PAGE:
Monday, May 30, 2016

Ron Hoffman - The Giver

For this assignment I will be showing and explaining how The Giver, is a good example of a utopian/dystopian society. Within the story, the society has gotten rid of all pain, fear, anxiety, war and hatred. Nobody dislikes one another, and they all work for the benefit of the society. They all look and act, pretty much the same and there is no desire for any competition within the community. Their are no real "families" at least in comparison to the way most people use the word, and everybody is assigned a job at the age of 12. This community is only able to function as a "utopia" because it has gotten rid of human beings. People no longer experience things like pain and fear, which is a good thing but because of that they no longer are able to experience things like joy, love and pleasure. There is very little individuality within this society, with very few exceptions. Within the society, one person is selected to hold all the memories of the past. When things like war, pain, joy and love existed for everyone. The only reason this person exists is so that people don't make the same mistakes of the past, if that wasn't a potential issue I am fairly certain that "the receiver of memory" wouldn't be allowed to exist since in the end if that person didn't exist I don't know how this society would be able to break free. Jonas, the main character of the Giver is selected to be the new reciever of memory when he was forced to get an assigned job. Even before he was selected however, Jonas was unusual in so far as his thoughtfulness and individuality. He even looked different, when compared to everybody else and was able to percieve things most others couldn't such as color. The old reciever of memory is known as the giver. He trains Jonas and gives him the memories of old. Through this Jonas gets a better understanding of nearly everything and because of this becomes frustrated that other's can't experience these things. He comes to realize that this way of life isn't ideal and wants to change it. Fortunately enough the giver feels the same way. They devise a plan that would cause emotion, free - will and individuality to come back to the people. The story ends on a kind of cliffhanger, or rather it's open to interpretation. In brief Jonas either dies or he escapes the society, no matter what though he gives individuality back to the people, which is a good thing in my opinion but thats a matter up for debate. I choose to believe that Jonas escapes with his younger brother and lives happily ever after, knowing that he saved his community but thats just because I don't like sad endings, and him freezing to death along with his brother Gabriel isn't really what I consider to be a happy ending. The Giver, is another good example of why a true Utopia can't exist while keeping human beings the way they are. Taking away all pain and fear sounds like a very good thing but without those things people never know what it feels like to experience happiness and love. By the end of the book everything was returned to the people, there is no way the society will remain peaceful, it's future is unknown but in the end individuality and free will was returned.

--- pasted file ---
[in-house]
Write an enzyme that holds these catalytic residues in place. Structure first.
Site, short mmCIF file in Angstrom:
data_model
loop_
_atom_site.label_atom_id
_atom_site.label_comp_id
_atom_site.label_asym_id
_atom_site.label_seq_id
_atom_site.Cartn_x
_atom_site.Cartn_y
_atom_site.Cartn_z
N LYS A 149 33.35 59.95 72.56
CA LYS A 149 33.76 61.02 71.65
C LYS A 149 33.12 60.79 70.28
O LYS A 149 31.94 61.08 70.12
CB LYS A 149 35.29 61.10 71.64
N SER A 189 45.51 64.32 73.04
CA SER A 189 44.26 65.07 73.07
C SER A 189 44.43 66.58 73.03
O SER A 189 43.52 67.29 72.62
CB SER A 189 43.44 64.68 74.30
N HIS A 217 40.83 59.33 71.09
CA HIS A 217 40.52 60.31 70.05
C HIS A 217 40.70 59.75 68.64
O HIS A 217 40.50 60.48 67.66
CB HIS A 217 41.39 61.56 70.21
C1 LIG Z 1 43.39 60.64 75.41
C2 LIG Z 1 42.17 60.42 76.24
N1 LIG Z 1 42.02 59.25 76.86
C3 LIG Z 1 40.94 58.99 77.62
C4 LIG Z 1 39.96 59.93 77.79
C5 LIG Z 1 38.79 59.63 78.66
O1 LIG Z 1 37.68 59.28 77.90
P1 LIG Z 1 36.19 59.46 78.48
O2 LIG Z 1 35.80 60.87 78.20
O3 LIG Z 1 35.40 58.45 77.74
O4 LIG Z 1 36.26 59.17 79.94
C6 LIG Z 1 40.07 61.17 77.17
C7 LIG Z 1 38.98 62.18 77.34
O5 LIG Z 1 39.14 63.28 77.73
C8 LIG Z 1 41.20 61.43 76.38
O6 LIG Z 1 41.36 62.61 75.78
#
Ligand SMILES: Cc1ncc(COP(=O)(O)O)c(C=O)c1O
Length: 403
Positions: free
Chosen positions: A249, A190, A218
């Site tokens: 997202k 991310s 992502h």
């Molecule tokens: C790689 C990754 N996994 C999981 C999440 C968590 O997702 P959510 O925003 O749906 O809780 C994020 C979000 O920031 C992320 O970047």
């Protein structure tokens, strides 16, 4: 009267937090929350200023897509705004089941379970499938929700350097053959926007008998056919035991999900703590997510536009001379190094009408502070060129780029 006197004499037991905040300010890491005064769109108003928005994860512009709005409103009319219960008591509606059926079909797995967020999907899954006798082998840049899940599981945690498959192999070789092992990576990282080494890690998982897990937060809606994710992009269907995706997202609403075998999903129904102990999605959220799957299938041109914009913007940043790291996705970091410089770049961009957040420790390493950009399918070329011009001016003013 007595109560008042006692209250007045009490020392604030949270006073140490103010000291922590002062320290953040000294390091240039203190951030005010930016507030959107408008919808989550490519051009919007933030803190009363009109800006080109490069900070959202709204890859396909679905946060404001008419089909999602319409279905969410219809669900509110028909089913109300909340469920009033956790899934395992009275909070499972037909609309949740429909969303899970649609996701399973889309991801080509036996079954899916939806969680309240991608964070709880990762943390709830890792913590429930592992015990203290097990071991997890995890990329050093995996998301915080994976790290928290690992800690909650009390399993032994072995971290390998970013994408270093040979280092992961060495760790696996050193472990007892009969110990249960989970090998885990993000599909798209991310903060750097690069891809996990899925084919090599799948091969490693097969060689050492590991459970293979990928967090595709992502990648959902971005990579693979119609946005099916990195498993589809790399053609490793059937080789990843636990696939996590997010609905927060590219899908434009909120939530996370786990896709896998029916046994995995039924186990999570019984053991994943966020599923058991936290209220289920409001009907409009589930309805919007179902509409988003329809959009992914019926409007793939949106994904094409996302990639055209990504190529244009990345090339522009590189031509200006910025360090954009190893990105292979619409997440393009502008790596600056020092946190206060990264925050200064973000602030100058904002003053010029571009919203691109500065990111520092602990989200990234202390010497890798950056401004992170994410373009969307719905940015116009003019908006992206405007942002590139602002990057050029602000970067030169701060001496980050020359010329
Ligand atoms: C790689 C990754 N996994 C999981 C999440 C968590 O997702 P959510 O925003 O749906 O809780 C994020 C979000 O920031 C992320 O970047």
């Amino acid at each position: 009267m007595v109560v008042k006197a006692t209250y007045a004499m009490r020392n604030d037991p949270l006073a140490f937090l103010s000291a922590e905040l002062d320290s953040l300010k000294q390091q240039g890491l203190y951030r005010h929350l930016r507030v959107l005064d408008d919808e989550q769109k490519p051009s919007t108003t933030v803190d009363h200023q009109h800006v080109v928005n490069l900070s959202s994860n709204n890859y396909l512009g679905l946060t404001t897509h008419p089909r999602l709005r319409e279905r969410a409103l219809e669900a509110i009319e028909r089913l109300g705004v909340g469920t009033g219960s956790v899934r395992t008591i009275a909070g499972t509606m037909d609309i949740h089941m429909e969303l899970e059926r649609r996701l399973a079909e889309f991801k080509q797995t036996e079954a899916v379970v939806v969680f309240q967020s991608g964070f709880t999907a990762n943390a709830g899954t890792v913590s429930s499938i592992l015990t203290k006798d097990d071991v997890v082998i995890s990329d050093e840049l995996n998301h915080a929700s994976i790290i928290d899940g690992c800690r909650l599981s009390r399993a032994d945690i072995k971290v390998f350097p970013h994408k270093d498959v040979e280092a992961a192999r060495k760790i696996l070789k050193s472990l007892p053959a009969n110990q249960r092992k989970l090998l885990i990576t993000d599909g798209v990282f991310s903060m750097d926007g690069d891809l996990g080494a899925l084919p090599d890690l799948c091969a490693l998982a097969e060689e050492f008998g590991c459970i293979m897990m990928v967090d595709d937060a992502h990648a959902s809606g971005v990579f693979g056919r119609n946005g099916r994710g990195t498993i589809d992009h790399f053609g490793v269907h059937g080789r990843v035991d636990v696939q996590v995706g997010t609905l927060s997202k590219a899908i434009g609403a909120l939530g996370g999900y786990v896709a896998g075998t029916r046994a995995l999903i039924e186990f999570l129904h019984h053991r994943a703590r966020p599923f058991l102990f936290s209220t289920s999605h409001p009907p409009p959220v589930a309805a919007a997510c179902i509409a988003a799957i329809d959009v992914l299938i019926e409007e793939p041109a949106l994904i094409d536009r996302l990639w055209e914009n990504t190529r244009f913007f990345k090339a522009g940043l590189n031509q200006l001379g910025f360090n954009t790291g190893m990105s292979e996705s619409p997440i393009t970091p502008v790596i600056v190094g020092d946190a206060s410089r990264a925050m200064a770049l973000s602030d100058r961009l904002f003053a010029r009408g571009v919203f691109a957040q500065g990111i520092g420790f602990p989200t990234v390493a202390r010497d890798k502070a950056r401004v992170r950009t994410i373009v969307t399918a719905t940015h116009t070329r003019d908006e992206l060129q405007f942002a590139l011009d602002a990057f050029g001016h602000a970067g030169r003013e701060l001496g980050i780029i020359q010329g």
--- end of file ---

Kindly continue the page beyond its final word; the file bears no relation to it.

Ron Hoffman

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